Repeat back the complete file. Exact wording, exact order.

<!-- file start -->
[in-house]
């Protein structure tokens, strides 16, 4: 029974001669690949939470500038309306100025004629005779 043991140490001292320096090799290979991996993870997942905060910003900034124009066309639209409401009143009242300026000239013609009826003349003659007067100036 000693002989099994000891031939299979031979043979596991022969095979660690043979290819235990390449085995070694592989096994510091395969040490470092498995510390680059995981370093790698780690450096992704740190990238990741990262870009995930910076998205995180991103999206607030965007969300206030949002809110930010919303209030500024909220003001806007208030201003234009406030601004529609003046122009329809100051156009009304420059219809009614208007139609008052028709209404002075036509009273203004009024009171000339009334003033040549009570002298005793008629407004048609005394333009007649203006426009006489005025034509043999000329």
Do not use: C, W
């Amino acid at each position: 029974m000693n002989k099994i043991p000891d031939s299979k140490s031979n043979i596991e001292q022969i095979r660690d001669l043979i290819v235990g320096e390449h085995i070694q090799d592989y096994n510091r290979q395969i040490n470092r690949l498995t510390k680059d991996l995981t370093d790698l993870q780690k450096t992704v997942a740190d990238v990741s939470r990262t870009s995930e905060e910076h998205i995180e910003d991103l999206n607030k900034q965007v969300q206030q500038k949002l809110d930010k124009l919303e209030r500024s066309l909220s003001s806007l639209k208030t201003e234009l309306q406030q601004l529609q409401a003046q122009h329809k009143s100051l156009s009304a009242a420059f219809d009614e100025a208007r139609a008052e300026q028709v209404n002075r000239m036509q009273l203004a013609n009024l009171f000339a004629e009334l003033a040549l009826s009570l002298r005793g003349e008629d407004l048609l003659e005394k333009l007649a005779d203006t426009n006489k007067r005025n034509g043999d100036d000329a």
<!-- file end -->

[in-house]
């Protein structure tokens, strides 16, 4: 029974001669690949939470500038309306100025004629005779 043991140490001292320096090799290979991996993870997942905060910003900034124009066309639209409401009143009242300026000239013609009826003349003659007067100036 000693002989099994000891031939299979031979043979596991022969095979660690043979290819235990390449085995070694592989096994510091395969040490470092498995510390680059995981370093790698780690450096992704740190990238990741990262870009995930910076998205995180991103999206607030965007969300206030949002809110930010919303209030500024909220003001806007208030201003234009406030601004529609003046122009329809100051156009009304420059219809009614208007139609008052028709209404002075036509009273203004009024009171000339009334003033040549009570002298005793008629407004048609005394333009007649203006426009006489005025034509043999000329």
Do not use: C, W
């Amino acid at each position: 029974m000693n002989k099994i043991p000891d031939s299979k140490s031979n043979i596991e001292q022969i095979r660690d001669l043979i290819v235990g320096e390449h085995i070694q090799d592989y096994n510091r290979q395969i040490n470092r690949l498995t510390k680059d991996l995981t370093d790698l993870q780690k450096t992704v997942a740190d990238v990741s939470r990262t870009s995930e905060e910076h998205i995180e910003d991103l999206n607030k900034q965007v969300q206030q500038k949002l809110d930010k124009l919303e209030r500024s066309l909220s003001s806007l639209k208030t201003e234009l309306q406030q601004l529609q409401a003046q122009h329809k009143s100051l156009s009304a009242a420059f219809d009614e100025a208007r139609a008052e300026q028709v209404n002075r000239m036509q009273l203004a013609n009024l009171f000339a004629e009334l003033a040549l009826s009570l002298r005793g003349e008629d407004l048609l003659e005394k333009l007649a005779d203006t426009n006489k007067r005025n034509g043999d100036d000329a």